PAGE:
Given his age, Bourn’s not going to play every day. But, based on his track record, he should be a contributor and see a decent amount of playing time.

Here are my thoughts on the deal, which was first reported by (signed) and FanRag Sports (financial terms):

Bourn a boon for slow O’s lineup

Let’s face it, the Orioles needed speed and defense. Those were the two ingredients missing from this 2017 lineup. And though the Orioles may have had both in Joey Rickard and newly signed Craig Gentry, Bourn has fewer red flags.

He’s not an on-base machine, but he did have a .358 OBP in his limited time with the Orioles. And though he had one memorable misplay in right field the American League Wild Card game, he can defend at any outfield position.

Then there is his speed. He has 341 career stolen bases and has swiped double digits in every full season in his career. He was 15-for-20 last year, including 2-for-2 with the Orioles. Those two stolen bases in one month put him into a second-place tie with three other Orioles. Seriously. Rickard led the sloth-like O’s with four stolen bases, and he missed most of the second half.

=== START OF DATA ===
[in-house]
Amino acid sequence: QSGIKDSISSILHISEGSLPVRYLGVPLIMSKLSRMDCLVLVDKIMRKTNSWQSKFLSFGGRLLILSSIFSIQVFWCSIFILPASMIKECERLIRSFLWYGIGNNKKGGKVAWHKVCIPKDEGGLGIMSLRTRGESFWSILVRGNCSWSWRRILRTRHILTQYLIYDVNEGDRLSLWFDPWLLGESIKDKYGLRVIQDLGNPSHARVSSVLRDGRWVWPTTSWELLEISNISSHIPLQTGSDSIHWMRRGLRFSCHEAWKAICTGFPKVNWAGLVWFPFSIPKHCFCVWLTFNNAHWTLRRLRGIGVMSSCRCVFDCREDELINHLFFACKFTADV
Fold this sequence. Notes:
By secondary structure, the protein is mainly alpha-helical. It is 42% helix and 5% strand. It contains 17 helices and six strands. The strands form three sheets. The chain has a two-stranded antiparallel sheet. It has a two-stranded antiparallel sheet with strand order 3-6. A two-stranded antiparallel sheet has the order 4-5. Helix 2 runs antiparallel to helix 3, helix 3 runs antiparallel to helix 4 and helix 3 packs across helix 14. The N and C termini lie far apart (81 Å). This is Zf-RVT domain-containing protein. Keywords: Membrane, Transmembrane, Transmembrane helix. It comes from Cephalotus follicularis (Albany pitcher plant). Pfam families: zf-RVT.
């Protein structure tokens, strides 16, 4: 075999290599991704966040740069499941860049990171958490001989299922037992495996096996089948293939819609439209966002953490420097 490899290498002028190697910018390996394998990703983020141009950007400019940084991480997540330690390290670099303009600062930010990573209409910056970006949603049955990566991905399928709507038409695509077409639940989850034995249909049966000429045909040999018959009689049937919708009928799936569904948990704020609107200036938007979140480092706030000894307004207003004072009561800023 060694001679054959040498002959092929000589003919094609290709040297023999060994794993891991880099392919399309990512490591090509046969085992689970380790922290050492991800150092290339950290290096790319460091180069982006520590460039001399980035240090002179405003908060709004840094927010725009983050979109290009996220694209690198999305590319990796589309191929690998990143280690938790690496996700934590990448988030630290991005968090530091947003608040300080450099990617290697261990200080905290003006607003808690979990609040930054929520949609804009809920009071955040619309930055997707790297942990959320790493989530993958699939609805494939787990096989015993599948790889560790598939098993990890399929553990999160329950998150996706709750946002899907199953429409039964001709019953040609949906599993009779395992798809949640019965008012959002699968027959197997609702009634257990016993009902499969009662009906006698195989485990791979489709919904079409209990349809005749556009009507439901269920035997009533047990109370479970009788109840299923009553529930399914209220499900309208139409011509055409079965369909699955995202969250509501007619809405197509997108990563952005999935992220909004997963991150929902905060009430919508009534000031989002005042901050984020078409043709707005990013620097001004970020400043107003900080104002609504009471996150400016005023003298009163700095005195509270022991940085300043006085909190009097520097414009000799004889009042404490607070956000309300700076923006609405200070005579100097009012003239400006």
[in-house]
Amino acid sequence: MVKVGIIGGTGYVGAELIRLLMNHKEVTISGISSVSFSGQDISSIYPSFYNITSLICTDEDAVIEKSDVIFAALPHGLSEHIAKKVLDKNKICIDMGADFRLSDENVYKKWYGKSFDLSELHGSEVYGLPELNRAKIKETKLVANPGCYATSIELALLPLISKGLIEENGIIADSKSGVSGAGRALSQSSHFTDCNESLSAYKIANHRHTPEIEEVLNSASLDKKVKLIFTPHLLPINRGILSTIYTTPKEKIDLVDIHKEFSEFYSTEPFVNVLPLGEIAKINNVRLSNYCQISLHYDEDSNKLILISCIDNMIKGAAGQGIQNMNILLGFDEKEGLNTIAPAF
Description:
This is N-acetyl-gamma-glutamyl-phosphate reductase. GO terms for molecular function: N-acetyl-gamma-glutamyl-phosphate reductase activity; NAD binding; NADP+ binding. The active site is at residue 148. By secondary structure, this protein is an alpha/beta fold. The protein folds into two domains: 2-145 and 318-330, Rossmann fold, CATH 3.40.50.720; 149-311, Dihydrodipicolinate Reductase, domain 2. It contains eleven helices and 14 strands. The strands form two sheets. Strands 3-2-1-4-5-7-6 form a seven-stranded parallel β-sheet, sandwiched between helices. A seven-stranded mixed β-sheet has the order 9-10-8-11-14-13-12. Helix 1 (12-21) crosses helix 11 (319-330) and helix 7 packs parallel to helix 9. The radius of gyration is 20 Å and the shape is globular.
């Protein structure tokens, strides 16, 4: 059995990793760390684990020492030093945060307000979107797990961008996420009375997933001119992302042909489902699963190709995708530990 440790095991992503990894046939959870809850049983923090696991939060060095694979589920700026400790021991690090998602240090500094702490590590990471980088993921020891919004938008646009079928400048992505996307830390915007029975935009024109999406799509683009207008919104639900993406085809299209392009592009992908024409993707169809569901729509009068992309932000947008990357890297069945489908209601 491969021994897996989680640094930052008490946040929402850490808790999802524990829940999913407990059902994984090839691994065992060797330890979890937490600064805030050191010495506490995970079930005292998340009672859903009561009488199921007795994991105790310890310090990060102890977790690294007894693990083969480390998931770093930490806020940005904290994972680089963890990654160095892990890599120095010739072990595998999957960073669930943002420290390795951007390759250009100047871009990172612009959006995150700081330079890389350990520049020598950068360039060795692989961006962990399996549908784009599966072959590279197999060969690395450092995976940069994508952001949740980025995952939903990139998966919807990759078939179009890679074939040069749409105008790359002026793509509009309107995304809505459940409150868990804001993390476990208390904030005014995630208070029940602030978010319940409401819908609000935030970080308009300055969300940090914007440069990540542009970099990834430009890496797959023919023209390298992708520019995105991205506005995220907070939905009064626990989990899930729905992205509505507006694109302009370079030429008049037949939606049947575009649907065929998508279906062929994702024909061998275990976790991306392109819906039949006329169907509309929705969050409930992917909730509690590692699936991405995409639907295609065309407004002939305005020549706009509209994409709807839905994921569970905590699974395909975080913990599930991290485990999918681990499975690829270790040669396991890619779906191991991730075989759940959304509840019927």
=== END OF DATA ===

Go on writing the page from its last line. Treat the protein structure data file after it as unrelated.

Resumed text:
Bad news for Rickard?

Bourn’s signing, coupled with that of Gentry’s on Saturday, gives the Orioles a tremendously crowded outfield. They have nine outfielders on the 40-man roster – including two Rule 5 picks – and five more that have received non-roster invites to spring.

Right now, you have to assume Hyun Soo Kim, Adam Jones, Seth Smith and Mark Trumbo have made the team. So, that leaves one outfielder – two if they take 12 pitchers north – for the 25-man roster. Bourn could start the season in the minors since he is on a minor-league deal. But once his contract is purchased by the big-league club, he can’t come off the roster without going through waivers (or being outright released).